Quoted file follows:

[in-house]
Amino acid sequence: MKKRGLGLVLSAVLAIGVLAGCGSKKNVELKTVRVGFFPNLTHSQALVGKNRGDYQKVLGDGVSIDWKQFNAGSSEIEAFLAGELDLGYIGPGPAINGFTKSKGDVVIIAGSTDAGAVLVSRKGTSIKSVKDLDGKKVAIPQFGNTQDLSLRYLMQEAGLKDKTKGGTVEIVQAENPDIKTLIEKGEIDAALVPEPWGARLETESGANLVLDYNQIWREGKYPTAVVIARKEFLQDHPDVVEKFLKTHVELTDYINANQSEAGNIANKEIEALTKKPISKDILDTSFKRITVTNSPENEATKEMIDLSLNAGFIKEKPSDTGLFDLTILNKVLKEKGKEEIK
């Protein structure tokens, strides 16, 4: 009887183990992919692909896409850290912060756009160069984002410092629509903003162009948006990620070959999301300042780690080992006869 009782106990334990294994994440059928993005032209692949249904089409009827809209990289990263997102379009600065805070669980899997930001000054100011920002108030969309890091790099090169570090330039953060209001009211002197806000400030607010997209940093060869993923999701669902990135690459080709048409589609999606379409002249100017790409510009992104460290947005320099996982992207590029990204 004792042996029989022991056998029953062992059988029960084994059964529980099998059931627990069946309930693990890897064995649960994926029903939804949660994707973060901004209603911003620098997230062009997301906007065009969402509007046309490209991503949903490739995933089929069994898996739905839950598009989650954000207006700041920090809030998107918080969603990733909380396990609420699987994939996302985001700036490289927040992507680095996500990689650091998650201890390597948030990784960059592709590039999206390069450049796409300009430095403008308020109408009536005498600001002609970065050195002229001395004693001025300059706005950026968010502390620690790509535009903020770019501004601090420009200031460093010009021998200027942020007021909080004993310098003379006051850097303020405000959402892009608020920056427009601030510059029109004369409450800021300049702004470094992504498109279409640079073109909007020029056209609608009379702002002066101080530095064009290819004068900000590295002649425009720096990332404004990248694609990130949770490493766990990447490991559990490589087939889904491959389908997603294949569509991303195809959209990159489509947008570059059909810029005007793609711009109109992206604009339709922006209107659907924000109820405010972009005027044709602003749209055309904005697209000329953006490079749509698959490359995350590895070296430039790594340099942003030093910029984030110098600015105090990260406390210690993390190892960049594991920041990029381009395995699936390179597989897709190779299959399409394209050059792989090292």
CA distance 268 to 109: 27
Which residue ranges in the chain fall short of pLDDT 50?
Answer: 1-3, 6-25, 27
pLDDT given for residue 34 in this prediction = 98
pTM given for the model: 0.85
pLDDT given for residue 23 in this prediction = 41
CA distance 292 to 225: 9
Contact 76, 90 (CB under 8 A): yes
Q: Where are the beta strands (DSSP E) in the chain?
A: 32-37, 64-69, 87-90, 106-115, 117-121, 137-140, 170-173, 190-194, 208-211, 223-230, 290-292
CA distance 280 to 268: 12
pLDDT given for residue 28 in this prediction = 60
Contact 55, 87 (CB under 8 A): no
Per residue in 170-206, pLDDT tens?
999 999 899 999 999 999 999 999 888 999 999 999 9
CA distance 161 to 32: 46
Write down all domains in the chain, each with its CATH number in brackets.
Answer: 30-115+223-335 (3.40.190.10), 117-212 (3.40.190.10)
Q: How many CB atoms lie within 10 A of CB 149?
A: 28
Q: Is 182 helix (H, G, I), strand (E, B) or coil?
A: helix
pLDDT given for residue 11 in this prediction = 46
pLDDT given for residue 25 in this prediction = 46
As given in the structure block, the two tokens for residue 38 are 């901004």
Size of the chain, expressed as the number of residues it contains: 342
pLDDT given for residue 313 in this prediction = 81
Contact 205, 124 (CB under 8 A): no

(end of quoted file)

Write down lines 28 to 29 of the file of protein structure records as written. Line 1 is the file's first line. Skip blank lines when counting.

As given in the structure block, the two tokens for residue 38 are 């901004």
Size of the chain, expressed as the number of residues it contains: 342